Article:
Enfilade

Display | Garnitures: Vase Sets from National Trust Houses

Posted in books, catalogues, exhibitions by Editor on October 29, 2016

Five-piece garniture saved from the fire at Clandon Park.

Five-piece vase set, porcelain, China, ca. 1690, H: 26.9 cm; rescued from Clandon Park, Surrey, the night of the fire, 29 April 2015 (The Mrs. David Gubbay Collection, Clandon Park, Surrey, National Trust, 1440409.1-5 / National Trust Images/ James Dobson).

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Now on view at the V&A:

Garnitures: Vase Sets from National Trust Houses
Victoria and Albert Museum, London, 11 October 2016 — 30 April 2017

This ground-breaking display at the Victoria and Albert Museum, organised in collaboration with the National Trust, explores the phenomenon of matching sets of vases and garnitures. In the 1650s, assembled sets of Chinese porcelain beakers, bottles, bowls, and jars—often in odd numbers—were used in elite European interiors as an integral part of the decorative scheme— displayed on chimney-pieces, cupboards, tables, or over doors. Specifically for the display, a mid-seventeenth-century garniture in the French taste has been recreated from Chinese porcelain of the 1630s. When imports of Chinese porcelain officially ceased between 1657 and 1683, European potters at Delft and Nevers copied the exotic Asian forms but unified the elements with matching patterns to form sets of from three to eleven vessels. In the Netherlands, merchants also ordered jars and beakers from Japan, and, in England, sets were ordered from London silversmiths. In France, merchants in luxury goods applied matching metal mounts to form sets from assembled objects and vessels. When the export trade resumed in the 1680s, ornamental jars and beakers with matching patterns were produced in Jingdezhen specifically for the West. The fashion continued throughout the 1700s, with almost every ceramic manufactory producing examples. It came to its conclusion during the Arts and Crafts period, when the singular vase became the rage and sets were broken up and dispersed.

A day-long symposium on ceramics and interiors is planned for 17 March 2017. The display, publication, and symposium are generously sponsored by The Headley Trust.

Patricia Ferguson’s blog entry on the display is available here»

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Patricia Ferguson, Garnitures: Vase Sets from National Trust Houses (London: V&A Publishing, 2016), 64 pages, ISBN: 978-1851779000, £10.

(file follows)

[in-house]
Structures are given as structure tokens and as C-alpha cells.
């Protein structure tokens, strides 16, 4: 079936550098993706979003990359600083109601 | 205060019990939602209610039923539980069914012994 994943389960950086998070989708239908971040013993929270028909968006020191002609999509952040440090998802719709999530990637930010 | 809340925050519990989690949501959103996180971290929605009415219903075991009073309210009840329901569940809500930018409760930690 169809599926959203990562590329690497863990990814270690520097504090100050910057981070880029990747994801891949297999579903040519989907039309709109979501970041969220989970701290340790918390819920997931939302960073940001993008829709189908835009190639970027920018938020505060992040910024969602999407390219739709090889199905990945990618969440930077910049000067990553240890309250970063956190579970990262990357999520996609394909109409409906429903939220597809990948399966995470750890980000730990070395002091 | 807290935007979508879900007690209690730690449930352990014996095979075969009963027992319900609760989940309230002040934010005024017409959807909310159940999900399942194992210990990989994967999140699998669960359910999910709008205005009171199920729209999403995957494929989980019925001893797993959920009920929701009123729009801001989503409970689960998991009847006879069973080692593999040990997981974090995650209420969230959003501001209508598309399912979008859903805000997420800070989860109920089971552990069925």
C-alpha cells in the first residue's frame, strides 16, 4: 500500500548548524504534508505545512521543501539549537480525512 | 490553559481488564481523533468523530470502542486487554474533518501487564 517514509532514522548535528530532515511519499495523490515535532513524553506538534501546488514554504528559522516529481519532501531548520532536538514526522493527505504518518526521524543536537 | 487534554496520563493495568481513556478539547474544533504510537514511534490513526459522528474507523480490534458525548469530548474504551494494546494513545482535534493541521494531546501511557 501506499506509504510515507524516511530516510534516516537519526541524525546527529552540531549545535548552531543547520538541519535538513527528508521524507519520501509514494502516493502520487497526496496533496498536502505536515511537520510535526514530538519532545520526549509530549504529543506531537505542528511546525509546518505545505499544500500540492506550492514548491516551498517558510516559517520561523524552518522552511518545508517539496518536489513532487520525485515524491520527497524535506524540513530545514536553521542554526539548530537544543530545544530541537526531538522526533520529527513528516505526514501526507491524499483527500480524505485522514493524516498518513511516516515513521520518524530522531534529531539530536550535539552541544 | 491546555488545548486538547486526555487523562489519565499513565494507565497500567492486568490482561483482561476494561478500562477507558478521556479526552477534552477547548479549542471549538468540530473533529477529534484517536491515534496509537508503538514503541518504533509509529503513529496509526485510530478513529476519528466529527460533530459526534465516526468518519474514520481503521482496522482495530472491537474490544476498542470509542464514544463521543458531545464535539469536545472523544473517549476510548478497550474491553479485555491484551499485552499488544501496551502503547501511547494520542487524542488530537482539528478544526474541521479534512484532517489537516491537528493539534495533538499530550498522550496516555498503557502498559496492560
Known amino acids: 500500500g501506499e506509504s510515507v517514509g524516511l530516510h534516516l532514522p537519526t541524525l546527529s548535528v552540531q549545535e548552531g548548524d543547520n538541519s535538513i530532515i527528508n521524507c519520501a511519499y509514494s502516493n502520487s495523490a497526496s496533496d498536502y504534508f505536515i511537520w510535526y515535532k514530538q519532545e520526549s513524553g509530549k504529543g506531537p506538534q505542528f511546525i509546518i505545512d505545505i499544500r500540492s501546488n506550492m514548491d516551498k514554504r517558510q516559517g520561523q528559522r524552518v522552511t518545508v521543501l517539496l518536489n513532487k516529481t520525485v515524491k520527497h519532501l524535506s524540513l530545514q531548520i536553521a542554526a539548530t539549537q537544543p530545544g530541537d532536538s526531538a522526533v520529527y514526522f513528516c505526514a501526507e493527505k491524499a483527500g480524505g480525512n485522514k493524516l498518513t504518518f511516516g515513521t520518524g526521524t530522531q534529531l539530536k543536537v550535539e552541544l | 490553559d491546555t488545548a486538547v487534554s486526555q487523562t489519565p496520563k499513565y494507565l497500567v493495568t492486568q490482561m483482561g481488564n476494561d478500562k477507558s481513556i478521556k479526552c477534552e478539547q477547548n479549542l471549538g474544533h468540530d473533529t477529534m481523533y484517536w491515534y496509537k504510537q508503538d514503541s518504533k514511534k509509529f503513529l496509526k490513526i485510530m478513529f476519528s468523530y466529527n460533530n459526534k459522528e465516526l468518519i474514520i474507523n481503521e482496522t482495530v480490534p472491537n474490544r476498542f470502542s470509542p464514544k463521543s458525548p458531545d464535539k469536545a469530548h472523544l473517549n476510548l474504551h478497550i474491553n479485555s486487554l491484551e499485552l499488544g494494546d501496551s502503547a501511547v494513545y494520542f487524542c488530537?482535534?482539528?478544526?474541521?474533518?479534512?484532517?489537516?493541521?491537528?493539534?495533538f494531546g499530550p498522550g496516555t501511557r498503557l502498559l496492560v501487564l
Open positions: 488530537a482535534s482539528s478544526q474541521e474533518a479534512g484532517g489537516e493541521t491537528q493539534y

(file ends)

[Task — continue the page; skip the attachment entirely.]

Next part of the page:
9781851779000This exquisite book brings together some of the National Trust’s most important sets of garnitures, showing them in their historic context and drawing on their rich narratives. Following an introductory essay, the catalogue records the 15 garnitures in the display borrowed from 13 National Trust properties: Blickling, Norfolk; Dunham Massey and Tatton Park, Cheshire; Nostell Priory, Yorkshire; Ickworth, Suffolk; Kingston Lacy, Dorset, Stourhead, Wiltshire, Saltram, Devon, Clandon Park, Surrey, Scotney Castle and Knole, Kent; Petworth, West Sussex; and Upton House, Warwickshire (with more information here). The entries are richly supported by engraved sources, paintings and photographs of vase sets and garnitures in situ. As many have never been published before, the publication will be an important souvenir of a unique exhibition.

Patricia F. Ferguson, an adviser on ceramics to the National Trust, has been researching their ceramics collection for a publication on elite ceramic patronage in Britain. She has an MA in Chinese ceramics from the School of Oriental and African Studies and works as a curatorial consultant in the Asian department of the V&A.

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This 4-minute film showcases rare surviving examples of vase sets and ceramic ornaments from National Trust houses being displayed on furniture and in period rooms at the V&A that would have been typical at the time of their manufacture. Reino Leifkes, curator of ceramics at the V&A, discusses this ceramic phenomenon and its rise to the height of fashion.

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